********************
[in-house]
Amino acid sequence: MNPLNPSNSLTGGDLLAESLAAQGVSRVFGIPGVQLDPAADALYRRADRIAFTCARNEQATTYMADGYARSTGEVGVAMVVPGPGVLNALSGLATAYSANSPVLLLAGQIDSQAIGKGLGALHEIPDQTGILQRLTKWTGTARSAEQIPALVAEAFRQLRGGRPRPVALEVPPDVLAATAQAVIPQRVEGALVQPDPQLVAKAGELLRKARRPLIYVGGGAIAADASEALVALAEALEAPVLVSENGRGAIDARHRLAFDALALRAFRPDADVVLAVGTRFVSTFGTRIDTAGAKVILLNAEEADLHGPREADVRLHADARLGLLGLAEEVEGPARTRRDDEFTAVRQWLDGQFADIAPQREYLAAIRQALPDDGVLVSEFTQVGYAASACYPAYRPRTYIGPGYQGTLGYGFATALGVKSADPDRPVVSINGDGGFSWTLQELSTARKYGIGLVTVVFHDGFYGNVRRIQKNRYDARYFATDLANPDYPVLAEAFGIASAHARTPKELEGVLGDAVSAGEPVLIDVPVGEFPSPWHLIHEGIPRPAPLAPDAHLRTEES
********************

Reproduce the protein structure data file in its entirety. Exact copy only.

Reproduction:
[in-house]
Amino acid sequence: MNPLNPSNSLTGGDLLAESLAAQGVSRVFGIPGVQLDPAADALYRRADRIAFTCARNEQATTYMADGYARSTGEVGVAMVVPGPGVLNALSGLATAYSANSPVLLLAGQIDSQAIGKGLGALHEIPDQTGILQRLTKWTGTARSAEQIPALVAEAFRQLRGGRPRPVALEVPPDVLAATAQAVIPQRVEGALVQPDPQLVAKAGELLRKARRPLIYVGGGAIAADASEALVALAEALEAPVLVSENGRGAIDARHRLAFDALALRAFRPDADVVLAVGTRFVSTFGTRIDTAGAKVILLNAEEADLHGPREADVRLHADARLGLLGLAEEVEGPARTRRDDEFTAVRQWLDGQFADIAPQREYLAAIRQALPDDGVLVSEFTQVGYAASACYPAYRPRTYIGPGYQGTLGYGFATALGVKSADPDRPVVSINGDGGFSWTLQELSTARKYGIGLVTVVFHDGFYGNVRRIQKNRYDARYFATDLANPDYPVLAEAFGIASAHARTPKELEGVLGDAVSAGEPVLIDVPVGEFPSPWHLIHEGIPRPAPLAPDAHLRTEES